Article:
Effects of Oganic and Biofertilizers on Growth Indices of Castor Bean (Ricinus communis L.)

Document Type : Scientific - Research


ferdowsi university of mashhad


Castor plant, Ricinus communis L. is a species of flowering plant in the spurge family; Euphorbiaceae, which contains a vast number of plants mostly native to the tropics. It belongs to a monotypic genus Ricinus. The name Ricinus is a latin word for tick. The plant is probably named because its seed has markings and a dump at the end that resemble certain ticks (NCRI, 2014).
Castorbean is an industrial oil seed crop containing about 45-58 percent oil, which has tremendous application in petrochemicals, pharmaceuticals, cosmetics, textiles, chemicals, soap, leather, paints, varnishes, ink, nylon and plastic. Castor oil is traditionally associated with medicine and veterinary use in the fields of obstetrics, dermatology. It is also used as laxative. Presently, its utilization as bio-diesel has magnified its importance. Its oil does not freeze even at high altitudes and it is one the best lubricants for jet engines. This 100% castor-based product, has numerous applications in industry such as rotating glass car-wipers, ski boots fixatives, and for use in air-brake systems on trucks. Many new uses, based on the biodegradability of castor oil derived products, are expected in the future (Labalette et al., 1996). The shell of the castor bean is used as an organic termite control agent and its seed cake as manure in the soil.
Medicinal plants are valuable resources in a wide range of natural resources that scientific identification, cultivation, development and proper utilization of them can have an important role in community health, employment and non-petrol exports.
Quality of medicinal plants is more important than other crops. One of the most important factors determining the yield of castor bean is fertility. Integrated supply of nutrient to plants through combinations of organic and inorganic sources is becoming an increasingly important aspect of environmentally sound agriculture. Reports showed that the application of manure on bean has improved yield and growth index.

Materials and methods
In order to study the effects of biofertilizers and vermicompost on the growth indices of castor bean (Ricinus communis L.), a field experiment was conducted during the growing season of 2009 at the Agricultural Research Station, College of Agriculture, Ferdowsi University of Mashhad, Iran. A randomized complete block design with three replications was used. Treatments included: Nitroxin biofertilizer, Phosphate suloblizing bacteria and Vermicompost and Control (without any fertilizer). The results indicated that uses of organic and biofertilizer significantly increased plant height, leaf area Index (LAI), Total Dry Matter (DM), Crop Growth Rate (CGR) compared with control. The areas of green leaves were measured using a Delta-T leaf area meter (Delta-T Devices, Cambridge, England). Then the samples, including stems and leaves were dried in a forced-air oven at 80 ০C for 48 h and after the witch total dry matter (TDM) was measured. The leaf area data were divided into ground area and the leaf area index (LAI) was obtained. The LAI data were fitted to the Gaussian equation to predict the LAI of common bean in growth season. The sigmoid equation was fitted to the TDM data and by derivation from this equation, the crop growth rate (CGR) and relative growth rate were obtained. The analysis was performed using SAS 9.1 and the graphs were prepared using Excel.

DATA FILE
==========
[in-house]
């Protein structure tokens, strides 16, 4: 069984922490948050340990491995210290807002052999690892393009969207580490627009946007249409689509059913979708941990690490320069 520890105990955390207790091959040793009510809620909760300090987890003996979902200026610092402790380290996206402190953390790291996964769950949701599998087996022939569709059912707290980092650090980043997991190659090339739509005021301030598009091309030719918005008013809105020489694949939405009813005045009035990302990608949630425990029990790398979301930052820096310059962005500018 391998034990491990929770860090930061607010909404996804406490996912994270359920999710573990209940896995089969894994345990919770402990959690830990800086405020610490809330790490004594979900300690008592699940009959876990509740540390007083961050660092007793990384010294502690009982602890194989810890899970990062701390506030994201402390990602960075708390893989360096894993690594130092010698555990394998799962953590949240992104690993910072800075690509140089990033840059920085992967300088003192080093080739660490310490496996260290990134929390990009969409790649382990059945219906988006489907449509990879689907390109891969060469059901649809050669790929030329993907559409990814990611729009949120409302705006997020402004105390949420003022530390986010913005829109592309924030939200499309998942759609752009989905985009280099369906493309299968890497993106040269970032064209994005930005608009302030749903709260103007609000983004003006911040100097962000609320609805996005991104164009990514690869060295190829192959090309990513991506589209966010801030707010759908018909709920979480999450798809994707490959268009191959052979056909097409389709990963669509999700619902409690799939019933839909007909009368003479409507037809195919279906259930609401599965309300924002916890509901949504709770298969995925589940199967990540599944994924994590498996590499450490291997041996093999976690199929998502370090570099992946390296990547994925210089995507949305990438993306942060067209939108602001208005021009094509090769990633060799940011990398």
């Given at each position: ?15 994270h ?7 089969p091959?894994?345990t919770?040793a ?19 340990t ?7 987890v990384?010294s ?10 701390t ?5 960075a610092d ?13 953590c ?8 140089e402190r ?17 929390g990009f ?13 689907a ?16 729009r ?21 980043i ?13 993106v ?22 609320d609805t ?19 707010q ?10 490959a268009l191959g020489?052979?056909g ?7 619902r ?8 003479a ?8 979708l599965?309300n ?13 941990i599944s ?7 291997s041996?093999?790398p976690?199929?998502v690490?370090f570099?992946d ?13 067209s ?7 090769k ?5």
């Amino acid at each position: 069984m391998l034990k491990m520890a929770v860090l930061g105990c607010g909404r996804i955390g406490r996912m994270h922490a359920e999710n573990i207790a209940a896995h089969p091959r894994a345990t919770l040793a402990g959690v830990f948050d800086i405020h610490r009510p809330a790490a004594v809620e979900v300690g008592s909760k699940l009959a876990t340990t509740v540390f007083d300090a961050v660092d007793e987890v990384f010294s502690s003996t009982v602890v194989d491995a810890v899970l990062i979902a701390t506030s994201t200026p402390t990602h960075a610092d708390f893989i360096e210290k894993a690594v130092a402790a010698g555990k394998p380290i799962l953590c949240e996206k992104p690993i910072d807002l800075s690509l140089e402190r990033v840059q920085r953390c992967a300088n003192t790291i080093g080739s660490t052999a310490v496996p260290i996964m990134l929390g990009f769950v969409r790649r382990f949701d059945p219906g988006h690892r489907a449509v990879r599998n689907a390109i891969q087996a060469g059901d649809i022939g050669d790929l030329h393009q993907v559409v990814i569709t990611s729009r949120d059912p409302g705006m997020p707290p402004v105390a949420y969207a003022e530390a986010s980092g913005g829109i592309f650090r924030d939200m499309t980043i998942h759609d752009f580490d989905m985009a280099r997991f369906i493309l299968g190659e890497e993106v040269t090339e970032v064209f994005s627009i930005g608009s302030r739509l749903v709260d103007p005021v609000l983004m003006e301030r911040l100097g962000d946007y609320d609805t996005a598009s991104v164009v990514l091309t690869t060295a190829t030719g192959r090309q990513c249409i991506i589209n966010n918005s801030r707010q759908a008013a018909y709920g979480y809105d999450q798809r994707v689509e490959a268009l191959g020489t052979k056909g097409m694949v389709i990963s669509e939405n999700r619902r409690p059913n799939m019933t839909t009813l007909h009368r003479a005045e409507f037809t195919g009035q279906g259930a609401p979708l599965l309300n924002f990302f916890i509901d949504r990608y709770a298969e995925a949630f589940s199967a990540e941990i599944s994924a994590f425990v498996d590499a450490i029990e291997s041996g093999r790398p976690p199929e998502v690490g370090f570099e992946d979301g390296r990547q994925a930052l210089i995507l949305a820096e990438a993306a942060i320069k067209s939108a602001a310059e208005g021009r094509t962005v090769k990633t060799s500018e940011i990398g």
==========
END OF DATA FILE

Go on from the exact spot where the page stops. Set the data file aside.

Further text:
Results and discussion
The study results indicated that uses of organic and biofertilizer significantly increased plant height, leaf Area Index (LAI), Total Dry Matter (DM) and Crop Growth Rate (CGR) compared to control. The highest and lowest leaf area index was observed in vermicompost (2.15) and control (0.88) treatments, respectively. The maximum and the minimum amounts of dry matter were recorded in the vermicompost treatment with 693.32 g.m-2 and control with 495 g.m-2, respectively. Crop growth rate reached to its peak in 85 days after emergence, the height and the lowest was observed in the vermicompost treatment with 16.45 g.m-2.d-1 and control with 7.63 g.m-2.d-1, respectively. Assimilation rate also reached to its maximum and minimum in vermicompost treatment (17.31 g.m-2.d-1) and control (10.91 g.m-2.d-1), respectively.

The results showed that integrated biofertilizer and Vermicompost are good choices for decreasing chemical fertilization application.


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